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Government-by-Government Assessments: Tajikistan

During the review period, the government made its executive budget proposal, enacted budget, and end-of-year report widely and easily accessible to the general public, including online.  Information on debt obligations was not made public in a reasonable period of time.  The budget documents did not provide a substantially complete picture of the government’s planned expenditures.  Budget documents lacked detail regarding expenditures for ministries and agencies and did not identify allocations to, earnings from, or debt holdings of state-owned enterprises.  The budget broke down revenue by source but did not identify natural resource revenues.  Significant, large state-owned enterprises did not have publicly available audited financial statements.  The government maintained significant off-budget accounts.  Military and intelligence budgets were not approved by the parliament nor subject to civilian oversight.  The supreme audit institution, which meets international standards of independence, made only summary information of its reports of the government’s accounts publicly available.  The criteria and procedures by which the national government awards natural resource contracts or licenses were specified in law but did not appear to be followed in practice.  Basic information on natural resource extraction awards was not publicly available. Tajikistan’s fiscal transparency would be improved by:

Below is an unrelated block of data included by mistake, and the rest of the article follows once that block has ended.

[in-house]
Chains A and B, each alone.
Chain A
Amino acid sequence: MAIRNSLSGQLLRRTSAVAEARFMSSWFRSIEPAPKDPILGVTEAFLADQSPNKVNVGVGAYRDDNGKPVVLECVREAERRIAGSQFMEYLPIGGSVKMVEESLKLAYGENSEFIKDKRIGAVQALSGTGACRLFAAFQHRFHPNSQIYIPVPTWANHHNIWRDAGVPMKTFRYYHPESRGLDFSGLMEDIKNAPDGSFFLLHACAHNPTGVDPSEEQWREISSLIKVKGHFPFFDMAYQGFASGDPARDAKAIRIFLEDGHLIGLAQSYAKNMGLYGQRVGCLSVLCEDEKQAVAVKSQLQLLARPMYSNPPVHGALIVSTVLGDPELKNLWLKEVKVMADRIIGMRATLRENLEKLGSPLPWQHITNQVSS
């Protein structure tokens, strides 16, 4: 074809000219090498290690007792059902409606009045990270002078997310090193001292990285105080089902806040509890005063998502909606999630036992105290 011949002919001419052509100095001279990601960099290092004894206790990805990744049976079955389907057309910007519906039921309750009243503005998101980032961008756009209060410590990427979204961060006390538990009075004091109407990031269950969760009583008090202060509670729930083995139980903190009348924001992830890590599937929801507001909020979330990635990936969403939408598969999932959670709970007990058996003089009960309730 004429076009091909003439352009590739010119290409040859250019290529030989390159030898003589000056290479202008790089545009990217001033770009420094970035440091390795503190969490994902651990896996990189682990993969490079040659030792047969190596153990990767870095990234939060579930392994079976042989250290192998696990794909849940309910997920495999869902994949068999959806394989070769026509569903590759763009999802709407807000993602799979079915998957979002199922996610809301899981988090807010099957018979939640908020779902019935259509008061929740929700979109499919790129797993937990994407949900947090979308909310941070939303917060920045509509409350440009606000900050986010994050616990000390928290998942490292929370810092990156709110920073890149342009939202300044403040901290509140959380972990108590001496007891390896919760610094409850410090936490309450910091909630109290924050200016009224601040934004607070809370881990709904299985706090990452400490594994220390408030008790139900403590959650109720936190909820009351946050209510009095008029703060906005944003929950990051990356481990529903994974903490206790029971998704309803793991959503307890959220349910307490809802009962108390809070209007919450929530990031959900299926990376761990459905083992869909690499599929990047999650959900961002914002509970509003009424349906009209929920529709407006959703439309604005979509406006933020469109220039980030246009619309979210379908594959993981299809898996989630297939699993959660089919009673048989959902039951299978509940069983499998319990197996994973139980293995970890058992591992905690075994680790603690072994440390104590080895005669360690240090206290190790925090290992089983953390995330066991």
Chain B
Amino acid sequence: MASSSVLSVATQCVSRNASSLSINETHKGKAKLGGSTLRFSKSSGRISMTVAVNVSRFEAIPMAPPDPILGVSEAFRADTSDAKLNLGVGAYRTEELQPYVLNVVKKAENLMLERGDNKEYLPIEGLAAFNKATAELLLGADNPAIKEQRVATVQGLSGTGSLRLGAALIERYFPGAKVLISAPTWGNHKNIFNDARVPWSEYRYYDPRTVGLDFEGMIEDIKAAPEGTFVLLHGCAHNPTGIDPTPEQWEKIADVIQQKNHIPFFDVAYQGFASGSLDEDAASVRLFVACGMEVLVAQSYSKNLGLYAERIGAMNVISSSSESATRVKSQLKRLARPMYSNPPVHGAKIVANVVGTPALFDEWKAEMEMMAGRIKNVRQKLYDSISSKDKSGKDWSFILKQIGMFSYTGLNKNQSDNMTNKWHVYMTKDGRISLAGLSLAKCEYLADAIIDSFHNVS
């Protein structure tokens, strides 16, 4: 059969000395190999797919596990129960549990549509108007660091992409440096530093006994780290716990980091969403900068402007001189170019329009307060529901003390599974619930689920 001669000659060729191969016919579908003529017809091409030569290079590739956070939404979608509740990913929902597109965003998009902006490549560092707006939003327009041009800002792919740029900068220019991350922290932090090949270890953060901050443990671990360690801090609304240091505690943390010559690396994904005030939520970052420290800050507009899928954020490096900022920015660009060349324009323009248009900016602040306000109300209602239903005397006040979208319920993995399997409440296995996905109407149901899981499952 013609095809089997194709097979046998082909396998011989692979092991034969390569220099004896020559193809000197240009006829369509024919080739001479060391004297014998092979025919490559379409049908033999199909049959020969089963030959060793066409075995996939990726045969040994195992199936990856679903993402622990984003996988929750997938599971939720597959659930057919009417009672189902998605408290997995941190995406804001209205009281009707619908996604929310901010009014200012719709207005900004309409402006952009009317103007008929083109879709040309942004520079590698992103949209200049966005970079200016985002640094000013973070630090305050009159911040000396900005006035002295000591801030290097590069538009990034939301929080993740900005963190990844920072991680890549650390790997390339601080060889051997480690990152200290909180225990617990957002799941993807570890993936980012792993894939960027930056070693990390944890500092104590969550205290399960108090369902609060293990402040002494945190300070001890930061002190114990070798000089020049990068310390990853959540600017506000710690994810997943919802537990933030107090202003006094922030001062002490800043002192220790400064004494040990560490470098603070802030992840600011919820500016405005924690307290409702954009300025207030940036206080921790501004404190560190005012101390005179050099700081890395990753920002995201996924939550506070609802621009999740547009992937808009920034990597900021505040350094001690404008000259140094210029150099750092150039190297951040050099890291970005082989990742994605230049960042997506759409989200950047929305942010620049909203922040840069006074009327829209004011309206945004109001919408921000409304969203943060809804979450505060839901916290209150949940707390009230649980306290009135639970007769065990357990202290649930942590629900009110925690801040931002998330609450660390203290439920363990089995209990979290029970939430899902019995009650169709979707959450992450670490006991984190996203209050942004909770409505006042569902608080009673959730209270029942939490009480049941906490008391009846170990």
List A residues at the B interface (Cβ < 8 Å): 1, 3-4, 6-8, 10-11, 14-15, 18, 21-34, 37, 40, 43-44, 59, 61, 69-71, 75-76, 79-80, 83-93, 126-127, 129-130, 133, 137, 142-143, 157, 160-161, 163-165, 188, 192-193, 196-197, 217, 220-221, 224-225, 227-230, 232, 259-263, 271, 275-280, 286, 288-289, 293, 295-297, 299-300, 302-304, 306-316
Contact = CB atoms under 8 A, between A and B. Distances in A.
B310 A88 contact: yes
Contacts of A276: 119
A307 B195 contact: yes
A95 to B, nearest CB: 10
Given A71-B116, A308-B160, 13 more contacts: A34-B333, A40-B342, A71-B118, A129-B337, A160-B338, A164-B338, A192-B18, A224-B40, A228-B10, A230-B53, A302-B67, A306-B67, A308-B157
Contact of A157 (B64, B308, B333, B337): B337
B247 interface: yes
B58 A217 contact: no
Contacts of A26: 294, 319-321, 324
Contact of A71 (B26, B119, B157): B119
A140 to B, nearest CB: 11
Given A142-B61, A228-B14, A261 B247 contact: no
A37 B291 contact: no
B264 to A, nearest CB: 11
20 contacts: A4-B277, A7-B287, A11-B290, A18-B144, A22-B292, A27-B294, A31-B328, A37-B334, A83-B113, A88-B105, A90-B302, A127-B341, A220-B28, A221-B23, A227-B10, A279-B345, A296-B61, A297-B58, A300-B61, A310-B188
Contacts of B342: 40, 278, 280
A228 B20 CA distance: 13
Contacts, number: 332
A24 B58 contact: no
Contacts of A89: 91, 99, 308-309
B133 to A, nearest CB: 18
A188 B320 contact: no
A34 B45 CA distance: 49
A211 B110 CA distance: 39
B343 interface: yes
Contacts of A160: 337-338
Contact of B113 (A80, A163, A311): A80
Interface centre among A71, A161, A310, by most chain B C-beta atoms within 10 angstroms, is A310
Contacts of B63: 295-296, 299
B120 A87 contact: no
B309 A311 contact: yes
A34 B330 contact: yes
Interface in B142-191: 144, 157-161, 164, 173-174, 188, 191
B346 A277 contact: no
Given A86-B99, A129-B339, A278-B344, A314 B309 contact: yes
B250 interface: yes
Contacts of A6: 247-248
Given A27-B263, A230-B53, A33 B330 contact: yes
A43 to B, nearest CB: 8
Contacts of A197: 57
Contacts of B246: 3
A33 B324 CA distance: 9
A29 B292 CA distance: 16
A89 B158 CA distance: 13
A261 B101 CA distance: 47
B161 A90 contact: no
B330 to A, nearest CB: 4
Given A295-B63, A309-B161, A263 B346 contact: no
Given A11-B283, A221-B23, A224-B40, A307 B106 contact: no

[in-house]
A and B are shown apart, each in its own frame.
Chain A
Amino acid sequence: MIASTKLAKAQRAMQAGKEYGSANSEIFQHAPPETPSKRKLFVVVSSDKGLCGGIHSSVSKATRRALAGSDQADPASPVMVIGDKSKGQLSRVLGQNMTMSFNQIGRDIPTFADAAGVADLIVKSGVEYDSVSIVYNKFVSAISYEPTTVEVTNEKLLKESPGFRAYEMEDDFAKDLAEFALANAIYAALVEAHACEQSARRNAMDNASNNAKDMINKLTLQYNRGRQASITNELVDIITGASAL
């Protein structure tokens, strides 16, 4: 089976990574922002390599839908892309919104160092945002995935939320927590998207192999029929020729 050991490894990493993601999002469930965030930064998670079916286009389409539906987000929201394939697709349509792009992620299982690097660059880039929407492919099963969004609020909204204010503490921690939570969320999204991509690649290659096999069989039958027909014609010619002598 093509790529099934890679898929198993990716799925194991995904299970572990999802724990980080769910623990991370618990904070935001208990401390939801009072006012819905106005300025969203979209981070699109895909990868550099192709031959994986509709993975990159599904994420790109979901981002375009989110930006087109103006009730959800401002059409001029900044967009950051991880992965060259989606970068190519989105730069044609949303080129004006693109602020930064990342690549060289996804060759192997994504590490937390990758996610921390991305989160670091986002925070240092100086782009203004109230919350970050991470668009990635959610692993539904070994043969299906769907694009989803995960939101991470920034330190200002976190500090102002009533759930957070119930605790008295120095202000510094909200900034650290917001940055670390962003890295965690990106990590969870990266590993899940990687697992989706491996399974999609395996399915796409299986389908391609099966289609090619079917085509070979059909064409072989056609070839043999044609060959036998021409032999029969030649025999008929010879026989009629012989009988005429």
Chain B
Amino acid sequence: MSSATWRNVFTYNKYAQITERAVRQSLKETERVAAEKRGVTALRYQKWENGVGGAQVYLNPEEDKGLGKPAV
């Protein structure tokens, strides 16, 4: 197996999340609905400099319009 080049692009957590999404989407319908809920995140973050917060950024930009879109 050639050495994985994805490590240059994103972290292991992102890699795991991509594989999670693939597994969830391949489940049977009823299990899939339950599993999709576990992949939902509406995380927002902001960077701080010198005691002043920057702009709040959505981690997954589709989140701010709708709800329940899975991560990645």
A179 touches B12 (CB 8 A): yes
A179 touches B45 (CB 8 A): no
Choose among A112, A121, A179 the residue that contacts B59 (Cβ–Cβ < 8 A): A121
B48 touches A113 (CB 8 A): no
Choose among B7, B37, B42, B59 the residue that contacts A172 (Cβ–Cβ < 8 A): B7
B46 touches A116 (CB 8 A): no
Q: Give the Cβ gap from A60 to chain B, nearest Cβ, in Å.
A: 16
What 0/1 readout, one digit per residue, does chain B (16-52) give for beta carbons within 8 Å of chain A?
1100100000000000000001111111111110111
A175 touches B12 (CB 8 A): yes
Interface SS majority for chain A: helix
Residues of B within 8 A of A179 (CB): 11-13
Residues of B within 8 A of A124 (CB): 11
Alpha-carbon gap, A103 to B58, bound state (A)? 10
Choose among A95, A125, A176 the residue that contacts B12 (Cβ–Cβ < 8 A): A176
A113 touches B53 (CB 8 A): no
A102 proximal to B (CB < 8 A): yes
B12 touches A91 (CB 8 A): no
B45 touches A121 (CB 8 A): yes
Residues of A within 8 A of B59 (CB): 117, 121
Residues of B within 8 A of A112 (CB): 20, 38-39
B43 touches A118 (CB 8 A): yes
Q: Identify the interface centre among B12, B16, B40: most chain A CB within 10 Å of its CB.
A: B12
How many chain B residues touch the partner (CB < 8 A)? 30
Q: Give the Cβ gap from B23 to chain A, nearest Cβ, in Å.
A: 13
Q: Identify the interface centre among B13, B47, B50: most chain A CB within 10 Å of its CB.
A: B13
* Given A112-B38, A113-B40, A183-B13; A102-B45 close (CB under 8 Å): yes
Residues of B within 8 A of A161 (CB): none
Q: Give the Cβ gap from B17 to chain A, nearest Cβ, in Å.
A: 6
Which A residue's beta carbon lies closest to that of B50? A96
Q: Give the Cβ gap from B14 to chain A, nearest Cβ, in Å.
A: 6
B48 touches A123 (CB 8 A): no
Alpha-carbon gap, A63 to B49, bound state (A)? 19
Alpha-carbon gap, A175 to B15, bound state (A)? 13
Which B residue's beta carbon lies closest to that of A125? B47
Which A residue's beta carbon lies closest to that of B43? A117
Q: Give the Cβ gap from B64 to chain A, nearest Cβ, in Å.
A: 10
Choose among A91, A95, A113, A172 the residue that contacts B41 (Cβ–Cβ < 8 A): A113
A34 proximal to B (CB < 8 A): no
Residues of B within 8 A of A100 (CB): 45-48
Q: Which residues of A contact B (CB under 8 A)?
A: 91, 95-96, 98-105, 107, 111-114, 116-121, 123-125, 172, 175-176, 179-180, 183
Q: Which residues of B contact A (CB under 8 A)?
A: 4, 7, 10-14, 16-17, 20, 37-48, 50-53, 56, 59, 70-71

• making current information on debt obligations, including debts of state-owned enterprises guaranteed by the government, publicly available;
  • producing substantially complete and sufficiently detailed budget documents;
  • including allocations to, earnings from, and debt holdings of state-owned enterprises in budget documents;
  • making audited financial statements of significant, large state-owned enterprises publicly available;
  • subjecting military and intelligence budgets and all off-budget accounts to adequate oversight and audit;
  • making the supreme audit institution’s full reports publicly available;
  • following applicable laws and regulations in practice for awarding natural resource extraction contracts and licenses; and
  • making basic information on natural resource extraction awards publicly available.

U.S. Department of State

The Lessons of 1989: Freedom and Our Future